But picking wasn’t just about speed. “[Highly influential American folk group] the Carter Family used the pick to combine melody and chords in a way that became a template for country and folk,” Chappell says. “And of course, the pick would later give rock players the power and attack that defined the sound of the electric guitar for decades.”

Birth of the 351
Demand grew quickly, and Luigi’s kitchen-table business moved to several factory spaces, including homes in a small building on 29th Street, a larger facility on Long Island, and finally to its current Connecticut-based headquarters and Pennsylvania factory location. And though the company would expand into the businesses of importing instruments and producing accessories, picks have remained its mainstay.

But until D’Andrea’s original epiphany, most picks sold by major companies were made in small shops under contract. Luigi both standardized and industrialized pick making, and by 1928 was mass-producing picks on an unprecedented scale, using semi-automatic punching machines and tumblers to smooth the edges. With input from players, he developed more than 50 celluloid-pick shapes, and dozens more that were available in real tortoiseshell. “I remember being in my grandfather’s office and watching players visit on a Saturday morning to bounce guitar picks on the glass tabletop and discuss the different tonal qualities of celluloid versus real tortoiseshell, and the merits of one shape over another, as the picks bounced,” Tony Jr. says.


Early 20th-century singer-guitarist Nick Lucas, shown in this 1930s image, is considered the performer who first popularized the notion of playing guitar with a pick—specifically the D’Andrea model 351 that most modern designs descended from. Photo by GAB Archive/Redferns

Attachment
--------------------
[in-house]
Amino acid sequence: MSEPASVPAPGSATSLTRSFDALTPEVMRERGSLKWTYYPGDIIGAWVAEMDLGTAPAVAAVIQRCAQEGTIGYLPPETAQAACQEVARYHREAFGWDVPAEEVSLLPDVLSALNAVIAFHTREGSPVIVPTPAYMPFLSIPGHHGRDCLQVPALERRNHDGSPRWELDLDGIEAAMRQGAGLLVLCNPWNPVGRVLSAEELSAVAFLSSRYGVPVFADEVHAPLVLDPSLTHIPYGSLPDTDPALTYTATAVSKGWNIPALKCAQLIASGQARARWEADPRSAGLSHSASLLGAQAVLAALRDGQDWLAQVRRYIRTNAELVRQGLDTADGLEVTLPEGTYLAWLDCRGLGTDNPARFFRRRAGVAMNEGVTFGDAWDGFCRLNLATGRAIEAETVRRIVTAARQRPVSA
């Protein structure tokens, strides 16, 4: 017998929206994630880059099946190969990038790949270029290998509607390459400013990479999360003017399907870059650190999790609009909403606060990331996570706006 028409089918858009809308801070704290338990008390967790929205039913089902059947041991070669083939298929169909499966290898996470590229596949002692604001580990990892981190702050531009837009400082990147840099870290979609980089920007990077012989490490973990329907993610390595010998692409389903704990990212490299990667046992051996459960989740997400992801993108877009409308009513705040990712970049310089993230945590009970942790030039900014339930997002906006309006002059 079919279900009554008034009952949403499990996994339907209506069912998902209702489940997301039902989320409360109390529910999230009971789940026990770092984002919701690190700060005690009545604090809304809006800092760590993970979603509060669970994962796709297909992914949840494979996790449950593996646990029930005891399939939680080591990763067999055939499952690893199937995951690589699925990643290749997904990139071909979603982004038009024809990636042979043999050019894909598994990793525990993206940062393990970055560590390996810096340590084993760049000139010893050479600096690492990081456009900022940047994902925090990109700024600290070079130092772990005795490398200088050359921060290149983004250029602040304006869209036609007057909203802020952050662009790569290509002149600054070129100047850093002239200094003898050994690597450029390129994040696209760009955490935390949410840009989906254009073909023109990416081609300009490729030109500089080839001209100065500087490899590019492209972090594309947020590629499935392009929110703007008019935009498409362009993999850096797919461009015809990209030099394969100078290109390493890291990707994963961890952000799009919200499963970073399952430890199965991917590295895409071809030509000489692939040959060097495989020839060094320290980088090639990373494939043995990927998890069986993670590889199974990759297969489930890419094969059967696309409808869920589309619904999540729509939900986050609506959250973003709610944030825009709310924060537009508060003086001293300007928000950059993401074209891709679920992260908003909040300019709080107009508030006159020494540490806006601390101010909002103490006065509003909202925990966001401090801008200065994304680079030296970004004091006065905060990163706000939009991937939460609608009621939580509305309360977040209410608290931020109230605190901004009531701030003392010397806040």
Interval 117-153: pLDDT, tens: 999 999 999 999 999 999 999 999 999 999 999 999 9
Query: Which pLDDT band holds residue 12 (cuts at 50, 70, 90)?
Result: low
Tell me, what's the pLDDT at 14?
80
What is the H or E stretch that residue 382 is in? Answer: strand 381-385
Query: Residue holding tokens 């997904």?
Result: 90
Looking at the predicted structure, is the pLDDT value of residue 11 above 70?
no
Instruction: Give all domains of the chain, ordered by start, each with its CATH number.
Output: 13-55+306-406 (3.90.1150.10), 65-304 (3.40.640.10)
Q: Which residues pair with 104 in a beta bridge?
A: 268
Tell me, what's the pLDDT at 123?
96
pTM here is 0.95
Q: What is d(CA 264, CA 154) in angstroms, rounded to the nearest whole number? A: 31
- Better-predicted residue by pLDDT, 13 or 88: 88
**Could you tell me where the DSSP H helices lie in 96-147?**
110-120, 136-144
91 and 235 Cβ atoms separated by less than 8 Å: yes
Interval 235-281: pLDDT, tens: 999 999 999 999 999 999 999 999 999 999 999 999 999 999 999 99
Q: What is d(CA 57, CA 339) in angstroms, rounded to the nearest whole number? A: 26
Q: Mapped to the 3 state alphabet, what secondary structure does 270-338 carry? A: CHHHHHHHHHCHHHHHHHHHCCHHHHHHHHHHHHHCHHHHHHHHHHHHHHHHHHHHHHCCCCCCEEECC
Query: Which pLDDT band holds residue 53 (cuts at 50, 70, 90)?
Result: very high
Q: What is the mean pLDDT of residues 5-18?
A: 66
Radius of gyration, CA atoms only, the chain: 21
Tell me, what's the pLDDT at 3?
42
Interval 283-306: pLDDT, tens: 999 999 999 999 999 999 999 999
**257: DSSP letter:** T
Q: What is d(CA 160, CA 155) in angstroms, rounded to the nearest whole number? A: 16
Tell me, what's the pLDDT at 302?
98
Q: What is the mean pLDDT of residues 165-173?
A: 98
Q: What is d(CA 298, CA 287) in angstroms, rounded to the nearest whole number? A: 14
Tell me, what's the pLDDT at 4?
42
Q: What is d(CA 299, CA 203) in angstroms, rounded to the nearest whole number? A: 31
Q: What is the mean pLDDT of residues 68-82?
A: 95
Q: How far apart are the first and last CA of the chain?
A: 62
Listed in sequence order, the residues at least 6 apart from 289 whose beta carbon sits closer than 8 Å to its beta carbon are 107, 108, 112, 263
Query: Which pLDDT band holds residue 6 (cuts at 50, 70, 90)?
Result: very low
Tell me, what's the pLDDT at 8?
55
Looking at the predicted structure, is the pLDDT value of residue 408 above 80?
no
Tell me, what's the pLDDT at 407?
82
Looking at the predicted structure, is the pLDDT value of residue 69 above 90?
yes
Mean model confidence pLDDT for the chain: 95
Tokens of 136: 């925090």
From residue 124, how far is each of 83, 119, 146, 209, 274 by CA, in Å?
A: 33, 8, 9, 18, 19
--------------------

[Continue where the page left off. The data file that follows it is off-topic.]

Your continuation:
Luigi gave the shapes numbers—which are still in use today. Famous examples include the small, pointy teardrop he called the 358, the larger, rounder teardrop he termed the 354, and the ubiquitous rounded triangle of the 351, which Tony Jr. calls “the standard of the industry [that] still represents the pick of choice for 98 percent of guitar players throughout the world.”

The 351 was originally associated with Nick Lucas, an early 20th-century singer and guitarist regarded by many to be the first to popularize playing the instrument with a plectrum. But long after Lucas faded from the pop charts, the unique traits of the 351 had come to define the average person’s conception of the guitar pick. The latter was aided by the fact that D’Andrea never patented his designs—but most of the competing brands were actually picks designed and manufactured by D’Andrea. That would start to change in the ensuing decades.

Concurrent with development of the pick, the guitar itself was undergoing a rapid evolution in terms of technique, tone, and popularity. As new generations of jazz, country, and pop players expanded its potential as both a lead and a rhythm instrument, the flatpick went from an accompanist’s basic strumming utensil to a precision tool that opened up new realms of speed and accuracy.